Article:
— In the USA they vet everything. You can get into that kind of discussion even talking indirectly, like about infrastructure or telecom services. We had a lively discussion on financial sector regulation. We’re ready to discuss everything. The objective is to write agreements that allow us to eliminate any bias. What’s more, this assures a potential investor that there is no unreasonable risk in an investment with us.
— Does the bill deal exclusively with security and defense?
— Infrastructure too. When it was first developed there was no mention of security and defense. Later on, we put the emphasis on them in the text. Now, we’ll have to take into consideration what we learned in our discussions and rework it to give it the proper focus.
— What stage is the bill at now?
— The first draft came out in December, but it didn’t cover security and defense. Then we had talks with our international partners and agreed to refine it and put security as its main focus. When we had completed it, we took further comments and posted these for public discussion. We got several meaningful comments. We will rework it again and open the new version up for discussion.
— Whose experience does the language about screening drawn on?
— It draws on the experience of NATO member-nations.
— Does NATO have a common framework? The USA, for example, sets much stricter regulations…
— America is the most strict, yes. Restrictions do vary among nations but there are some basic principles. There is a general framework as you’d expect, and then, depending on local conditions, each nation determines its specifics. We are adhering to the general scenario so far. We will not be able to adopt the American experience fully. Our mindset won’t allow it.
— Is Ukraine subject to any restrictions under the Free Trade Agreement?
— Not at all. This has all been resolved.
— How did you first become involved in defense work?
—Tymofiy Milovanov (ex-Minister of Economic Development in the Honcharuk Cabinet) first brought up working on the development of the defense sector. He discussed it with his deputies at the time to see who would take on this difficult job. In the end he offered it to me.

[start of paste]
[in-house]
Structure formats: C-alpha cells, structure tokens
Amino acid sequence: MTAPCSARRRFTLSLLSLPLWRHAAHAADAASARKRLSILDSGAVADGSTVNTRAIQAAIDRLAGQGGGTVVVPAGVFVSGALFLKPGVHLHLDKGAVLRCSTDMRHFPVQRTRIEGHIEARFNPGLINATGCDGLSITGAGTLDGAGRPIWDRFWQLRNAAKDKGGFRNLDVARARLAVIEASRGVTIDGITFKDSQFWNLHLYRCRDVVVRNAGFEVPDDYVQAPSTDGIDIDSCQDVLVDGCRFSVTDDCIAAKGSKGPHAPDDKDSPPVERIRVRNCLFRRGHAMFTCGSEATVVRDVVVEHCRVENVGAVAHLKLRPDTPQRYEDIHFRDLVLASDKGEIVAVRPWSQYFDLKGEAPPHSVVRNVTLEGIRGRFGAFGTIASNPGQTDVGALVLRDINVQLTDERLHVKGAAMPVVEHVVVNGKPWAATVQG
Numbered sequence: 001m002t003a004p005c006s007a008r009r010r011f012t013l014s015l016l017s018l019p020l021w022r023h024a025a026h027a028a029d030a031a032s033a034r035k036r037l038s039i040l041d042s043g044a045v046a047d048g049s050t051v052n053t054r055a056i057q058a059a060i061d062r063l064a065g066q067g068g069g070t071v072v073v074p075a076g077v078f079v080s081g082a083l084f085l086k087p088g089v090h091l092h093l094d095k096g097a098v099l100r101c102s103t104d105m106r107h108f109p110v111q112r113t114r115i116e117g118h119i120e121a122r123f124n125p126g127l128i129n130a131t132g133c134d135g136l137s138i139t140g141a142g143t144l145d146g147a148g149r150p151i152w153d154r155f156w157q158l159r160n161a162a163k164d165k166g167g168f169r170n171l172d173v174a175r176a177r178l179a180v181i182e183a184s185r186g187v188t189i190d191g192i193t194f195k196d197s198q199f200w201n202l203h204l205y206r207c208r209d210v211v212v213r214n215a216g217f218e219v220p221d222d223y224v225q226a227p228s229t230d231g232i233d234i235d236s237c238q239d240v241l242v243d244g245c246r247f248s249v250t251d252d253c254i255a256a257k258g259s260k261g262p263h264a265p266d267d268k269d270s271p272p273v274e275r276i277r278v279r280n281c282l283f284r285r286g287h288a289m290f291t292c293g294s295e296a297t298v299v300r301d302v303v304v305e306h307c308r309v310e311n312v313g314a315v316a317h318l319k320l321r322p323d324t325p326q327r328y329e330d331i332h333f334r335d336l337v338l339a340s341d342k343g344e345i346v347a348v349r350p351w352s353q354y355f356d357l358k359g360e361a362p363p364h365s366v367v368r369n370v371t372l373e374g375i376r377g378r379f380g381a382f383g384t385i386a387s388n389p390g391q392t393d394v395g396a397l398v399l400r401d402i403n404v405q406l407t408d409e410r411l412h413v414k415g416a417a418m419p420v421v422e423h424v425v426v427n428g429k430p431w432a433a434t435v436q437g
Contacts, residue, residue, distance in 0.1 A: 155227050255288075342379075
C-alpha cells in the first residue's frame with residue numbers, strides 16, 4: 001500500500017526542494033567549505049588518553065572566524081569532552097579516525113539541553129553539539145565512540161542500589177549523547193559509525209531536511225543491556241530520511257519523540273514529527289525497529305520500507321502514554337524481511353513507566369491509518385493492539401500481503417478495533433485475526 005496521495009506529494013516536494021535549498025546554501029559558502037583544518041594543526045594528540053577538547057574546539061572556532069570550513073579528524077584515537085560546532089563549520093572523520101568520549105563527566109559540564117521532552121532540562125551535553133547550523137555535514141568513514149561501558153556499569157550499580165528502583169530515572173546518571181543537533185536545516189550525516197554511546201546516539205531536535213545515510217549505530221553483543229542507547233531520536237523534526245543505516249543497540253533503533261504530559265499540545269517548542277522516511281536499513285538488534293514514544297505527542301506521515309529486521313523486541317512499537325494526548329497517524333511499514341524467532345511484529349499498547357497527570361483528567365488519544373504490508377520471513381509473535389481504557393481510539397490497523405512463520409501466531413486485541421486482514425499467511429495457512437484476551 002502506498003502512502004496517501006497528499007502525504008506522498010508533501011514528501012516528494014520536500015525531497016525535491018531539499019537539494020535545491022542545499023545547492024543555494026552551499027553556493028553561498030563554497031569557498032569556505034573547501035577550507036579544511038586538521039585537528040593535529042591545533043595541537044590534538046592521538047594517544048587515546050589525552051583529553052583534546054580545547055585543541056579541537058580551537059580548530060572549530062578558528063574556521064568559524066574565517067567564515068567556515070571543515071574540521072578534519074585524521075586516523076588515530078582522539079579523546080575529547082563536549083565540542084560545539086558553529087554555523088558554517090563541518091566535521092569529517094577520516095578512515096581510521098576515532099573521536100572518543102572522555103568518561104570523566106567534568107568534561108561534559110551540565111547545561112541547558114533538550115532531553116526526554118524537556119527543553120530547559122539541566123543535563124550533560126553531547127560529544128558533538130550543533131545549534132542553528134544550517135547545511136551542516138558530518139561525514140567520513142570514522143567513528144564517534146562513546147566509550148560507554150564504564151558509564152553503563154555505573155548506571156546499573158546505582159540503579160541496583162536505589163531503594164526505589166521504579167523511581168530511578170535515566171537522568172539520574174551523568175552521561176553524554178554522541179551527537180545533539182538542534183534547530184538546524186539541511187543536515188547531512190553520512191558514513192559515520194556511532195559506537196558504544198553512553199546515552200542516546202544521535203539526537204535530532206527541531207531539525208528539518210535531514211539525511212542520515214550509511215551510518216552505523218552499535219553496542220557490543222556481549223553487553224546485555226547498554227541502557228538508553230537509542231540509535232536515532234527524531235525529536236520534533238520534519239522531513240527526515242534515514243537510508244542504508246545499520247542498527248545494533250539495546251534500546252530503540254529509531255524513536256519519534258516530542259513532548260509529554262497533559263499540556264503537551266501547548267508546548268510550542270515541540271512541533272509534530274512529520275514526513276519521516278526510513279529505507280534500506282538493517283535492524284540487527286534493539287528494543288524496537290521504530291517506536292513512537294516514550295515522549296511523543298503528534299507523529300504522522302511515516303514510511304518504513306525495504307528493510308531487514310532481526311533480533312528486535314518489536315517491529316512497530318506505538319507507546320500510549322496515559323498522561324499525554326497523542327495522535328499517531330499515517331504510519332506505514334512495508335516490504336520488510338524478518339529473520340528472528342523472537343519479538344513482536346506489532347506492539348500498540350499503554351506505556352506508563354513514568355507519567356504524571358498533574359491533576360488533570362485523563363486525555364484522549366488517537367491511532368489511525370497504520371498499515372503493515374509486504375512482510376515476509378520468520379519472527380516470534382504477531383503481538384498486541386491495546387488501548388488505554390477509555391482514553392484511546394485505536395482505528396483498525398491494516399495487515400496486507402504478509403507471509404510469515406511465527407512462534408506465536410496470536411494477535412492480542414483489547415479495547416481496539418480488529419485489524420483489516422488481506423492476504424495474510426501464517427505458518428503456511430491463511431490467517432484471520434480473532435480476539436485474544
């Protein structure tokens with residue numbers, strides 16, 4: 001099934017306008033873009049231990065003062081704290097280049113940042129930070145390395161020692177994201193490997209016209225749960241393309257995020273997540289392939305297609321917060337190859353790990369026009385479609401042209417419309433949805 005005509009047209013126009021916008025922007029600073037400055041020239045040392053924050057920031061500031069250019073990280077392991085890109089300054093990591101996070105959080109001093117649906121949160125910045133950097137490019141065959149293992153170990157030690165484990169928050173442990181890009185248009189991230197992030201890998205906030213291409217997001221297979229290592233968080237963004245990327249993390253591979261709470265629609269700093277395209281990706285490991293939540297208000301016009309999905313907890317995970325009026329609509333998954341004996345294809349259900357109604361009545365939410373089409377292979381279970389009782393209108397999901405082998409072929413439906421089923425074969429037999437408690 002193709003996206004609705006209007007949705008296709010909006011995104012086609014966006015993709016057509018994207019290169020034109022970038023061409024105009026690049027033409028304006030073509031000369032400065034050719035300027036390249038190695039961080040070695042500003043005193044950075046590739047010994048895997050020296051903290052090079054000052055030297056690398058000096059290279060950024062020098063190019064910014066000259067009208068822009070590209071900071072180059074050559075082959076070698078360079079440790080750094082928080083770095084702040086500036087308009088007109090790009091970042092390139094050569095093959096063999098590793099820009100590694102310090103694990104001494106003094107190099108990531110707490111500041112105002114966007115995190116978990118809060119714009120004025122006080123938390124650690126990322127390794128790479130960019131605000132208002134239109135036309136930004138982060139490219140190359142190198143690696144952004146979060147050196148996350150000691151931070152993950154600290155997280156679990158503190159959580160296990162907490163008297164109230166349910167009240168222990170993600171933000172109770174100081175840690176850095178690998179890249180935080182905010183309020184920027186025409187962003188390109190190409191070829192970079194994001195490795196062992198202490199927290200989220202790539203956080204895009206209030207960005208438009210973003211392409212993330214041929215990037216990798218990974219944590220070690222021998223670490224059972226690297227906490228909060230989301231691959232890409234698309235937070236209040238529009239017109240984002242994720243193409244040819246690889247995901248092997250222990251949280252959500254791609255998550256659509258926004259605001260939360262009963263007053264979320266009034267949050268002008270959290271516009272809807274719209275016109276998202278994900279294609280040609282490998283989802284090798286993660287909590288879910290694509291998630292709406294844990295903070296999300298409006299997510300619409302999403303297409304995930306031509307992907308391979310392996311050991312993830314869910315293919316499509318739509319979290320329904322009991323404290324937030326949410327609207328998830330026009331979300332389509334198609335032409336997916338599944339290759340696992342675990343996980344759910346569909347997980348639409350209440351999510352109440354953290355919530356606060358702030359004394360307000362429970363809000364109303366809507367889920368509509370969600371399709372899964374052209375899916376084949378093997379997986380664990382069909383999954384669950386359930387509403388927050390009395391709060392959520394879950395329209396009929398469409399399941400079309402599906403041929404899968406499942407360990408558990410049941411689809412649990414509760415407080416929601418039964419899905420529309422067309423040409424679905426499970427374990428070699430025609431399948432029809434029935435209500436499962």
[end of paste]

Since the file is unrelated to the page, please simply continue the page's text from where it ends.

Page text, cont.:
The Norwegian ambassador was happy with my appointment—they are providing significant funding for our efforts in the area of gender equality—and for them it was a "wow moment”. This utterly “masculine” sphere led by a woman.
It’s the most interesting area I’ve ever worked in. We are at the stage of transforming things—a tremendous and fascinating challenge.
It is interesting to see how this sector functions internationally. I was part part of a Ukrainian delegation to a meeting of NATO ambassadors in January and that made a mindboggling impression. I’m grateful to the Deputy Prime Minister at the time (currently, Foreign Affairs Minister) Dmytro Kuleba, who invited me to join the delegation. He introduced me to the NATO Secretary General and that made a lasting impression. You need to take a broad view of a host of issues in order to work in security and defense. And these are unusually broad-minded people, knowledgeable in a range of sectors, areas that impact security and defense.
As a practical experience it’s interesting, even though I’ve worked on transformations before, and especially fascinating given the kind of situations we’re working with.
An example: at long last we’re automating our export control service. We’re transforming from paper forms to an electronic system that tracks every application, export histories and risk factors. This is nothing less than a revolution. An automatic process, not manual, dependent on human whims. It was talked about for years but nothing was done. We’ve got the funding finally and we’re going to implement the electronic system.
— What’s your top priority? What goals do you set for yourself? And what can you say about the success you’ve experienced in your new role?
— First on my list is focusing as much as possible on bringing about change: Security and defense sector reform, privatization, and corporate reform, and effective state property management count as my current priorities—effort that will contribute to positive change in Ukraine.